In Vadilal Ichhachand v. Commissioner of Income-tax the original return submitted by the assessee did not disclose the entire income. The Income-tax Officer discovered the omission of income during the course of the assessment proceedings. Almost simultaneously, the assessee submitted a revised return showing a larger income. It was held that, for the purpose of the application of section 28(1)(c) it was not the later return that has to be taken into account, but the original one, which, if accepted, would have resulted in the avoidance of tax. In In Dayabhai Girdharbhai v. Commissioner of Income-tax it was held that, where the omission to include an item of income in the original return was deliberate, the results of such deliberate omission could not be got rid of by merely filing a revised return. Arunachalam Chettiyar v. Commissioner of Income-tax to which we had occasion to refer earlier, was a case where the assessee. after deliberately sending an incorrect return, submitted a second return when the omission in the prior return was on the point of being discovered by the department. Beasley, C.J., in delivering judgment observe :

'It is argued here that the assessee discovered on the 7th January, 1929, that his previous return was an inaccurate one and that he was therefore, entitled to claim the benefit of section 22(3) and make a revised return and that as has been accepted no penalty can be inflicted upon him for having concealed his income. That certainly is correct statement of what an assessee is entitled to do, if he makes a bona fide discovery that he has made a previous incorrect return but it certainly does not apply to the facts of this case which show clearly that the previous return was deliberately dishonesty made. It is seriously argued that, not withstanding that fact, the assessee is still enabled to put in a return correcting his former inaccurate one sand that he is to be absolved from liability to have any penalty inflicted upon him. That, it seems to me, is to put a premium on dishonesty and nowhere in the Income-tax Act do we find any provision which does anything of the kind.'

In Ayyasami Nadar v. Commissioner of Income-tax the assessee omitted to include in his return a part of his income; but he admitted the true income before the assessment was completed, and consented to the inclusion of the omitted portion of the income. Rejecting the contention that section 28(1)(c) would not apply and that the concealment did not continue right up to the assessment, the learned judges held that it would be sufficient for the purpose of application of the section that there had bene a deliberate concealment of particulars in any return. It follows that, if the assessee, at the time of submitting the original return intended to conceal a part of his income or deliberately gave false particulars at that time, the mere fact that he subsequently rectified the omission by giving the full particulars would not avoid the applicability of section 28(1)(c : It would make no difference in principle of at the subsequent time the assessee, after giving the full particulars, reiterates his original stand that the true income was that as disclosed in the return, and that the particulars do not represent the same.

In the present case, the Tribunal has found in the penalty proceedings that the prices disclosed in the invoices represented those obtained by the assessee for the goods sent abroad, that the entries in the account books did not represent the transactions correctly, and that full particulars were given only when the department discovered a similar attempt by the assessee during the previous year. It is contended for the assessee that there are no materials on record to show that, when he furnished the particulars on March 6, 1946, it was anything but a voluntary act on the part of the assessee not induced by anything done by the department. The materials available reveal a contrary state of things. In the letter written by the assessee to the Income-tax Officer, on November 22, 1951, which has been enclosed as annexure 'C' to the statement of the case, we find the following significant statemen :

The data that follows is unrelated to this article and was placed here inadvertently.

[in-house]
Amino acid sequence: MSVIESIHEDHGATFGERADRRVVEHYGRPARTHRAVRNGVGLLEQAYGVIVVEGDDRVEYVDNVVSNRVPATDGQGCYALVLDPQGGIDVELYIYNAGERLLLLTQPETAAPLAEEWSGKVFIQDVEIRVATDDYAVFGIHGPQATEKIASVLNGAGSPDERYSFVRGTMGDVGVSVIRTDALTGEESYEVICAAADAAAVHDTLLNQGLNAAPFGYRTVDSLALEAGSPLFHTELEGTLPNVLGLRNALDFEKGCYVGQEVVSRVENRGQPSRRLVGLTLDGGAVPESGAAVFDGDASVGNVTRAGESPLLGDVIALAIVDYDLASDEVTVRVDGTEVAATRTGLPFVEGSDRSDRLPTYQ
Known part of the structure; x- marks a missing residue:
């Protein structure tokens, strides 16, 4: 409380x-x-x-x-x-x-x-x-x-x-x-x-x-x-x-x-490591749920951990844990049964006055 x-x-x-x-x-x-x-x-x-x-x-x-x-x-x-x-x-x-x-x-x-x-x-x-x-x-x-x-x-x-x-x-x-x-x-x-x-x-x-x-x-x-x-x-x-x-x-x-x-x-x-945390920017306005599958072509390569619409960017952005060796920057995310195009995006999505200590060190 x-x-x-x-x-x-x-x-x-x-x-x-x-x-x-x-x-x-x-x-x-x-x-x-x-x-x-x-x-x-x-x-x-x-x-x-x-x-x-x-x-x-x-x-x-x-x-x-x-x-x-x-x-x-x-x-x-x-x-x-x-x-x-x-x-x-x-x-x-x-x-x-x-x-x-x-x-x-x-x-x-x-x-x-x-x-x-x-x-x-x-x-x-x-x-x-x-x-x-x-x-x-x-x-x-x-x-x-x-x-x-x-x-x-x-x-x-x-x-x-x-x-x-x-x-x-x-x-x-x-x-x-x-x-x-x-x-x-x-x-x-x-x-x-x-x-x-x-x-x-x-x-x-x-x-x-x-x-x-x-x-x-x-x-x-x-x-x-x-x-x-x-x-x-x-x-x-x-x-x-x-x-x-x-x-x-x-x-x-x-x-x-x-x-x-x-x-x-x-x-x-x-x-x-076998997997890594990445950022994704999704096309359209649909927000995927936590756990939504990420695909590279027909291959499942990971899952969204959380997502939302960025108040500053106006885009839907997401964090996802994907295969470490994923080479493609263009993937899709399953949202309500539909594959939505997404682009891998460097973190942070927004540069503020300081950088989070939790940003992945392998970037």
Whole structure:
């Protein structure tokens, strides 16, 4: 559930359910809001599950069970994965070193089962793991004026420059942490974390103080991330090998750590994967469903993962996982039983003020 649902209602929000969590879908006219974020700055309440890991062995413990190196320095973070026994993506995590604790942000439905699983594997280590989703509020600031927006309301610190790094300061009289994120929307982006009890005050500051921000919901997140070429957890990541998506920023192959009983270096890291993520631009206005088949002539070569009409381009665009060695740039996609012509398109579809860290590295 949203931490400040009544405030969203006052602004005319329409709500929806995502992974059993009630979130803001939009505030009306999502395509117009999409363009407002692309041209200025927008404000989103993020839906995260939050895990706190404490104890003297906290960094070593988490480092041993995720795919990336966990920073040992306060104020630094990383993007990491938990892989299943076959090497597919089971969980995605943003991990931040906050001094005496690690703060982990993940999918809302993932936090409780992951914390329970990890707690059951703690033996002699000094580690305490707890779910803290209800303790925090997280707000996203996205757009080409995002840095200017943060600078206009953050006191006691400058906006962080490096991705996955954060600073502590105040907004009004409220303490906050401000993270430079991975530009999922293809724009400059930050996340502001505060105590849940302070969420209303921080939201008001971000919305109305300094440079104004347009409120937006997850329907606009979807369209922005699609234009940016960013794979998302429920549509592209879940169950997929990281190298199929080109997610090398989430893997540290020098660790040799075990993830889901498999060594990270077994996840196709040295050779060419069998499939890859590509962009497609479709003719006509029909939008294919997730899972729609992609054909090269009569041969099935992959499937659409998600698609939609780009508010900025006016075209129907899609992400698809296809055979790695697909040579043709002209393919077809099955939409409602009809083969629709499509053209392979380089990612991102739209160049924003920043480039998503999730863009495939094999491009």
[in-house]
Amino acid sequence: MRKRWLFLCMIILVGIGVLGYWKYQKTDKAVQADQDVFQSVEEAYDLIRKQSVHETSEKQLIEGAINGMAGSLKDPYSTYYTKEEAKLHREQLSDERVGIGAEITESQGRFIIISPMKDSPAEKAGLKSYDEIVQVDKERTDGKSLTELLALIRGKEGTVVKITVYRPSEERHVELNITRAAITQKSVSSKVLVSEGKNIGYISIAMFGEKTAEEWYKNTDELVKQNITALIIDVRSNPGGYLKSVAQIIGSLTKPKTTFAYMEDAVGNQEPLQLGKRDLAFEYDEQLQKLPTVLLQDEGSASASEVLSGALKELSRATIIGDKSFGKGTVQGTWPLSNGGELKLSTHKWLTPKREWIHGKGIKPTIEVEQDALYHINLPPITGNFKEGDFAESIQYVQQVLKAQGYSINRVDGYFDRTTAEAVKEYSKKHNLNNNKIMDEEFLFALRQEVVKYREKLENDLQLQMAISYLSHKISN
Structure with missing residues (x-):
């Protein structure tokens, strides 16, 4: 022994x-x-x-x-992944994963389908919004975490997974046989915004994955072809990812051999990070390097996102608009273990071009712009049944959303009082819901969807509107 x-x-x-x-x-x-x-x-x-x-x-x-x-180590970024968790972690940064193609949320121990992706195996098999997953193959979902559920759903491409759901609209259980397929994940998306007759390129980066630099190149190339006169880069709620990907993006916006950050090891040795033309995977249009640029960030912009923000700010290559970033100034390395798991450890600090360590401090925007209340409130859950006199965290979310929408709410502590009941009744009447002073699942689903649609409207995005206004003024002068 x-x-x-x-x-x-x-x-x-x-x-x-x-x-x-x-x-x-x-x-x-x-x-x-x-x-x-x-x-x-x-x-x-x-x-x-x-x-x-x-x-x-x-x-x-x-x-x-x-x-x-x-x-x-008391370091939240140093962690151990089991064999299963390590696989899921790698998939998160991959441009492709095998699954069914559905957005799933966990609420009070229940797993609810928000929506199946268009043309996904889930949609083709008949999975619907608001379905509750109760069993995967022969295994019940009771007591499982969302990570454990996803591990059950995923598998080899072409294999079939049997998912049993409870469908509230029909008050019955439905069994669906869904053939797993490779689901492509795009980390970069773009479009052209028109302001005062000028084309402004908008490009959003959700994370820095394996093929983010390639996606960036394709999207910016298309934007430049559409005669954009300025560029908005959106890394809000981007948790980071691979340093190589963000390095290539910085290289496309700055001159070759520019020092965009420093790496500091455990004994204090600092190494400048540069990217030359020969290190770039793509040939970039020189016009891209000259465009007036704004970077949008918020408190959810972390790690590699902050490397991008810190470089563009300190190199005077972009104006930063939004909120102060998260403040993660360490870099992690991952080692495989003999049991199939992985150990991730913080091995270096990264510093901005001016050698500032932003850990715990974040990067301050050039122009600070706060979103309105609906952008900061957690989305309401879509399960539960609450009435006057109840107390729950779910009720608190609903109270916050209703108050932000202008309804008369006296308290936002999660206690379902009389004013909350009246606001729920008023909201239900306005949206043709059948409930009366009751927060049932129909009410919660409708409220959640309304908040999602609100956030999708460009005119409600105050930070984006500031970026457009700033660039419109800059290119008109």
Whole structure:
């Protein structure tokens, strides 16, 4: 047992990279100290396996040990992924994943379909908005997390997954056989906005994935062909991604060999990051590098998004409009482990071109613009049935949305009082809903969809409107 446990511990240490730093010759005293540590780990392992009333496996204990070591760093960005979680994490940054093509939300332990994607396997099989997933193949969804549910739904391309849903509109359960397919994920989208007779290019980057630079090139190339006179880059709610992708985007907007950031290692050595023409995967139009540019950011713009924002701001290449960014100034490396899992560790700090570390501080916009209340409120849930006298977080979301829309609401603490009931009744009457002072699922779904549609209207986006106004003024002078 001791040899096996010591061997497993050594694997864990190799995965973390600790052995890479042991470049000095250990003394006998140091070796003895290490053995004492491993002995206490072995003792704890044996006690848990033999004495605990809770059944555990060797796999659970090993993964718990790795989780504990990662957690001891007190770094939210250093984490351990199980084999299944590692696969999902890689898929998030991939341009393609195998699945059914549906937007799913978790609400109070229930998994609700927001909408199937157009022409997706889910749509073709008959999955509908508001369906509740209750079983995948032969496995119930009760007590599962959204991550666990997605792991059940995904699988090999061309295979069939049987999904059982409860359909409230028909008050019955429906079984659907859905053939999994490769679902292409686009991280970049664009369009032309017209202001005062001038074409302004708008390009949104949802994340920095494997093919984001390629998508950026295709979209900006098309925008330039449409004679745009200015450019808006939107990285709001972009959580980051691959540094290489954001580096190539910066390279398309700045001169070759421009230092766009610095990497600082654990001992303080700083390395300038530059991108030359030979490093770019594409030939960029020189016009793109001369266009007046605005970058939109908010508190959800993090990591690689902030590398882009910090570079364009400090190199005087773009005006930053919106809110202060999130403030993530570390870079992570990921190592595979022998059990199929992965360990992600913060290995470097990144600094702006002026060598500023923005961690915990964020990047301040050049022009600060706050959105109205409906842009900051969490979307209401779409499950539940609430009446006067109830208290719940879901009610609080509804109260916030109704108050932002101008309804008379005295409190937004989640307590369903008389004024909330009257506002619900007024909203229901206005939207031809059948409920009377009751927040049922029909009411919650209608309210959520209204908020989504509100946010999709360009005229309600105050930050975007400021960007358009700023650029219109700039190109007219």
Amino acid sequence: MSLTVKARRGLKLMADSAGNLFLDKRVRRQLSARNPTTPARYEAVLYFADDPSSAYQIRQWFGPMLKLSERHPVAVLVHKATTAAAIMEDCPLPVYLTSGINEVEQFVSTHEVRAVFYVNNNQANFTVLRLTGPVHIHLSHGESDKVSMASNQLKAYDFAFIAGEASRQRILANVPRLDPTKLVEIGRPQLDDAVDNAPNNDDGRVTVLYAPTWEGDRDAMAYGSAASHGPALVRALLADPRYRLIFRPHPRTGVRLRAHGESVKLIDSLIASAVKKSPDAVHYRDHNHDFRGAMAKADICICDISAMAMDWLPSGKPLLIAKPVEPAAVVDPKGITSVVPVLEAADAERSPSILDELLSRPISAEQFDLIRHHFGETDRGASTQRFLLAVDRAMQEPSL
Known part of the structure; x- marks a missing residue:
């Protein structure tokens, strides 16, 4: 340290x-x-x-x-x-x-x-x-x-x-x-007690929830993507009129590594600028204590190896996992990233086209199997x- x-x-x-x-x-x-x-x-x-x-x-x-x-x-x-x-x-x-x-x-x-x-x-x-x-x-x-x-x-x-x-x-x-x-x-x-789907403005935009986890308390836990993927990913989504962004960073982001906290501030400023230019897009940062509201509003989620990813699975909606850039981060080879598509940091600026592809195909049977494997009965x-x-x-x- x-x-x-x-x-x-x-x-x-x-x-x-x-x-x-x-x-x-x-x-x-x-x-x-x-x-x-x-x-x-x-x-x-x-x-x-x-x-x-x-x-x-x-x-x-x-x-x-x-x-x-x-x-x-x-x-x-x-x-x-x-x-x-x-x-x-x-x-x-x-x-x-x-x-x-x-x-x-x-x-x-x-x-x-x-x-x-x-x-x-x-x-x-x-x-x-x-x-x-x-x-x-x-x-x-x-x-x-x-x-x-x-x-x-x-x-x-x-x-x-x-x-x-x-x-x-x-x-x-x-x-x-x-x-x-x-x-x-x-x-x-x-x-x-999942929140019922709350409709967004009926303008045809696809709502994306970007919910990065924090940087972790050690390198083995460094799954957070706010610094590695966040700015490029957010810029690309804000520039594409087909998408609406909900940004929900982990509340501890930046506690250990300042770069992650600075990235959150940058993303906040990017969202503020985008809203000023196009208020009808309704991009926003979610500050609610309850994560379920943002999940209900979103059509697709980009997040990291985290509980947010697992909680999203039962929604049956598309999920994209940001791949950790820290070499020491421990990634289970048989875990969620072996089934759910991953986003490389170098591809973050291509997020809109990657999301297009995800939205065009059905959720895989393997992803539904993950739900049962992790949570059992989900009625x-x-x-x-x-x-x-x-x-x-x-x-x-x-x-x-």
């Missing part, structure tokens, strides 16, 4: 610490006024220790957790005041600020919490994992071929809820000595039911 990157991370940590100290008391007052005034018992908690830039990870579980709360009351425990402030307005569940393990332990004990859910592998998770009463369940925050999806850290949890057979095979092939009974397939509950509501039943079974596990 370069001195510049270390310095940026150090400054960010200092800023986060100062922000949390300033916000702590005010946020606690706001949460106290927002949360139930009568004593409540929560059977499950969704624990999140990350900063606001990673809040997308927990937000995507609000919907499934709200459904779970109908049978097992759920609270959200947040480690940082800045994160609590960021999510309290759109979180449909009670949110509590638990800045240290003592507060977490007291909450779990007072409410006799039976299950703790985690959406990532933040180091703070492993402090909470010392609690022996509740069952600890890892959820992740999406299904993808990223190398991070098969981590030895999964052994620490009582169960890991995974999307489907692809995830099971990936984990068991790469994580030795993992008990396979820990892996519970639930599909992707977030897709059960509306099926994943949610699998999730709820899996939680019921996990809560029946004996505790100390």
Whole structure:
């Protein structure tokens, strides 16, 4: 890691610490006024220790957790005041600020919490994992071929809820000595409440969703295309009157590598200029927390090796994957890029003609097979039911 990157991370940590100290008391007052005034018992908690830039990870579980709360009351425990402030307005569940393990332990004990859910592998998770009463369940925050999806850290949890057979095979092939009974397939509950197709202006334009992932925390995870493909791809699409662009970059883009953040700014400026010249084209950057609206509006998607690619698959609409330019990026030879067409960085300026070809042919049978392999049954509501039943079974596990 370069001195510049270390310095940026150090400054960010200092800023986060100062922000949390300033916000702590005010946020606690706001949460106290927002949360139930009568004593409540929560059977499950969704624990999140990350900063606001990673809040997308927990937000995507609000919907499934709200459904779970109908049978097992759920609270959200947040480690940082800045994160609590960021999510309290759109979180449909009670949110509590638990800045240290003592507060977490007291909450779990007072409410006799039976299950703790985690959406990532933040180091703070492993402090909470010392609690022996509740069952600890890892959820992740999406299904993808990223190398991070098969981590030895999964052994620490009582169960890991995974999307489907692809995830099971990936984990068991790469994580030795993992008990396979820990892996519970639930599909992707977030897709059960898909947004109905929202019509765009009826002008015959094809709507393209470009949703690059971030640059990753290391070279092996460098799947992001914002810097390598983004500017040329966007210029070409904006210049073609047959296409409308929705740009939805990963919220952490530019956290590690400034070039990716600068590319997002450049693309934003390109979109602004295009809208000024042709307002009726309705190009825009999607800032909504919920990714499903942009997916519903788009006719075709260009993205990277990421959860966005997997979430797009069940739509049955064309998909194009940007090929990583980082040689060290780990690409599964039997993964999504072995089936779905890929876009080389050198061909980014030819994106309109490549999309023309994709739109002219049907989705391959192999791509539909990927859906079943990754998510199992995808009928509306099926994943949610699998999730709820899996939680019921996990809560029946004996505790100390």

'(1) The differences were noted by the department for the first time in 1944-45 assessment. In 1945-46 assessment, these differences were duly disclosed in the statements submitted by my auditors and they were not kept back from the department.

(2) As regards 1944-45 assessment, I believed that my books will be accepted. When, however, a different construction was put upon these differences and my explanation was not accepted by the department, such differences for 1945-46 were, as already stated, duly disclosed, which my explanation was there with the department already in connection with 1944-45 assessment.'

This letter shows that the particulars were furnished on March 6, 1946, after the assessee came to know that the income-tax department was not satisfied with the book results. The assessee must therefore have been aware of the fact that, as early as March, 1945, the department had come into possession of materials which would discredit the assessees account books. There were therefore sufficient materials for the Tribunal to come to the conclusion it did, namely, that, in the context of the events that happened in the case, the disclosure by the assessee of full particualrs was not the result of any voluntary act on his part, but by reason of the discovery of the falsity of the account books in respect of the previous year. It would therefore follow that there was a concealment of the particulars of income in the first instance, or at any rate, a deliberate furnishing of inaccurate particulars in the original return filed by the assessee. We therefore answer the question referred to us in the affirmative and against the assessee.

The assessee will pay the costs of the department. Counsels fee Rs. 250.

Question answered in the affirmative.